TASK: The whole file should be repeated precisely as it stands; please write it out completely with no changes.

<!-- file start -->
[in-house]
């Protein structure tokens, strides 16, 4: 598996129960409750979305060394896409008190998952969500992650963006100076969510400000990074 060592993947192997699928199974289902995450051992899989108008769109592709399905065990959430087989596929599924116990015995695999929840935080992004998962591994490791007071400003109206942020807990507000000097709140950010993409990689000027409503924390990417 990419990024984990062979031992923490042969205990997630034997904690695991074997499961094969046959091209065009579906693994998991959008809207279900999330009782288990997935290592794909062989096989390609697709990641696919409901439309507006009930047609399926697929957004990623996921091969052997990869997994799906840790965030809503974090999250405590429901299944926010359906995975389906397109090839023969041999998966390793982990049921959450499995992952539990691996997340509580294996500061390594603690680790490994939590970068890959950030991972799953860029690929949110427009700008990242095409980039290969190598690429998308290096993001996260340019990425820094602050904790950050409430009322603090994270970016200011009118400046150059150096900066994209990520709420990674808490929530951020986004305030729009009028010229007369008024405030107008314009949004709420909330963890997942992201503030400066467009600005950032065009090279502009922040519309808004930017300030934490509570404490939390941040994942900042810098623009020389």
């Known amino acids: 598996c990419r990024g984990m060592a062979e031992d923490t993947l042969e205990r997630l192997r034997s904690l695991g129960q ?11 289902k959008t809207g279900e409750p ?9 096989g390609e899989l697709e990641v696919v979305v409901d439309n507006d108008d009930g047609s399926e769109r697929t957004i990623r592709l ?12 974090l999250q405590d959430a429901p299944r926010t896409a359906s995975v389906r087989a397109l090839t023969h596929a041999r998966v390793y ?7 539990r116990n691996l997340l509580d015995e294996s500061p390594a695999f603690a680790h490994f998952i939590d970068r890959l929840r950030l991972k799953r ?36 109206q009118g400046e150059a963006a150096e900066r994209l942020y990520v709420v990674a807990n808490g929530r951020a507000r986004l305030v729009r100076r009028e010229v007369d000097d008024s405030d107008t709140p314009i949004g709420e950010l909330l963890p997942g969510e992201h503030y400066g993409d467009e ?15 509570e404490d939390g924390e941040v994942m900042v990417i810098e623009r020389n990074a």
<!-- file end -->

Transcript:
[in-house]
């Protein structure tokens, strides 16, 4: 598996129960409750979305060394896409008190998952969500992650963006100076969510400000990074 060592993947192997699928199974289902995450051992899989108008769109592709399905065990959430087989596929599924116990015995695999929840935080992004998962591994490791007071400003109206942020807990507000000097709140950010993409990689000027409503924390990417 990419990024984990062979031992923490042969205990997630034997904690695991074997499961094969046959091209065009579906693994998991959008809207279900999330009782288990997935290592794909062989096989390609697709990641696919409901439309507006009930047609399926697929957004990623996921091969052997990869997994799906840790965030809503974090999250405590429901299944926010359906995975389906397109090839023969041999998966390793982990049921959450499995992952539990691996997340509580294996500061390594603690680790490994939590970068890959950030991972799953860029690929949110427009700008990242095409980039290969190598690429998308290096993001996260340019990425820094602050904790950050409430009322603090994270970016200011009118400046150059150096900066994209990520709420990674808490929530951020986004305030729009009028010229007369008024405030107008314009949004709420909330963890997942992201503030400066467009600005950032065009090279502009922040519309808004930017300030934490509570404490939390941040994942900042810098623009020389």
């Known amino acids: 598996c990419r990024g984990m060592a062979e031992d923490t993947l042969e205990r997630l192997r034997s904690l695991g129960q ?11 289902k959008t809207g279900e409750p ?9 096989g390609e899989l697709e990641v696919v979305v409901d439309n507006d108008d009930g047609s399926e769109r697929t957004i990623r592709l ?12 974090l999250q405590d959430a429901p299944r926010t896409a359906s995975v389906r087989a397109l090839t023969h596929a041999r998966v390793y ?7 539990r116990n691996l997340l509580d015995e294996s500061p390594a695999f603690a680790h490994f998952i939590d970068r890959l929840r950030l991972k799953r ?36 109206q009118g400046e150059a963006a150096e900066r994209l942020y990520v709420v990674a807990n808490g929530r951020a507000r986004l305030v729009r100076r009028e010229v007369d000097d008024s405030d107008t709140p314009i949004g709420e950010l909330l963890p997942g969510e992201h503030y400066g993409d467009e ?15 509570e404490d939390g924390e941040v994942m900042v990417i810098e623009r020389n990074a």